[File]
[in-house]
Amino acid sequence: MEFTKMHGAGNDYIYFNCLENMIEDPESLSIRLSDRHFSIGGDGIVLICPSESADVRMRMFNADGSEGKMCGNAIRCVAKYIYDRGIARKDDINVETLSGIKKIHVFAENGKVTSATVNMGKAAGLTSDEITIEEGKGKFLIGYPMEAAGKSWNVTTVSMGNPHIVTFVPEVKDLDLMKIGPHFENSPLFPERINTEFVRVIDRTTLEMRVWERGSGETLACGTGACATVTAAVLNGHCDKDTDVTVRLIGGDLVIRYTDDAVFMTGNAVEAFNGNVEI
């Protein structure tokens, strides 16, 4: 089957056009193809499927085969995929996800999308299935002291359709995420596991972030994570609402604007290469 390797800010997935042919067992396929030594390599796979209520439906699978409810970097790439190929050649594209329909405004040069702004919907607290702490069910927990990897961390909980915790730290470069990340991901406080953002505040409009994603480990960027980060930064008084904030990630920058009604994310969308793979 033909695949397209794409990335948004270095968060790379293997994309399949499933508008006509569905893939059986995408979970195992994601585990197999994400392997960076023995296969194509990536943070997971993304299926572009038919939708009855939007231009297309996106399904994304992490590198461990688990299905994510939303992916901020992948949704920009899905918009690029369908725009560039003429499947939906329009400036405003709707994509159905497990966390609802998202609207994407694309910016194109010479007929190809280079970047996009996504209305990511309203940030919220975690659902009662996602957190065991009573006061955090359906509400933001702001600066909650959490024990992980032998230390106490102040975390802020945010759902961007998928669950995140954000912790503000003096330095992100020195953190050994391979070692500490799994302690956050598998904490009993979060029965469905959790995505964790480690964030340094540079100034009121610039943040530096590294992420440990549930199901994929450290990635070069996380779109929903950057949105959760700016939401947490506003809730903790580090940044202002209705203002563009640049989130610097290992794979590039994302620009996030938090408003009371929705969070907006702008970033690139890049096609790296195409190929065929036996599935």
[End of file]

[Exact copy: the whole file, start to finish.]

[in-house]
Amino acid sequence: MEFTKMHGAGNDYIYFNCLENMIEDPESLSIRLSDRHFSIGGDGIVLICPSESADVRMRMFNADGSEGKMCGNAIRCVAKYIYDRGIARKDDINVETLSGIKKIHVFAENGKVTSATVNMGKAAGLTSDEITIEEGKGKFLIGYPMEAAGKSWNVTTVSMGNPHIVTFVPEVKDLDLMKIGPHFENSPLFPERINTEFVRVIDRTTLEMRVWERGSGETLACGTGACATVTAAVLNGHCDKDTDVTVRLIGGDLVIRYTDDAVFMTGNAVEAFNGNVEI
């Protein structure tokens, strides 16, 4: 089957056009193809499927085969995929996800999308299935002291359709995420596991972030994570609402604007290469 390797800010997935042919067992396929030594390599796979209520439906699978409810970097790439190929050649594209329909405004040069702004919907607290702490069910927990990897961390909980915790730290470069990340991901406080953002505040409009994603480990960027980060930064008084904030990630920058009604994310969308793979 033909695949397209794409990335948004270095968060790379293997994309399949499933508008006509569905893939059986995408979970195992994601585990197999994400392997960076023995296969194509990536943070997971993304299926572009038919939708009855939007231009297309996106399904994304992490590198461990688990299905994510939303992916901020992948949704920009899905918009690029369908725009560039003429499947939906329009400036405003709707994509159905497990966390609802998202609207994407694309910016194109010479007929190809280079970047996009996504209305990511309203940030919220975690659902009662996602957190065991009573006061955090359906509400933001702001600066909650959490024990992980032998230390106490102040975390802020945010759902961007998928669950995140954000912790503000003096330095992100020195953190050994391979070692500490799994302690956050598998904490009993979060029965469905959790995505964790480690964030340094540079100034009121610039943040530096590294992420440990549930199901994929450290990635070069996380779109929903950057949105959760700016939401947490506003809730903790580090940044202002209705203002563009640049989130610097290992794979590039994302620009996030938090408003009371929705969070907006702008970033690139890049096609790296195409190929065929036996599935």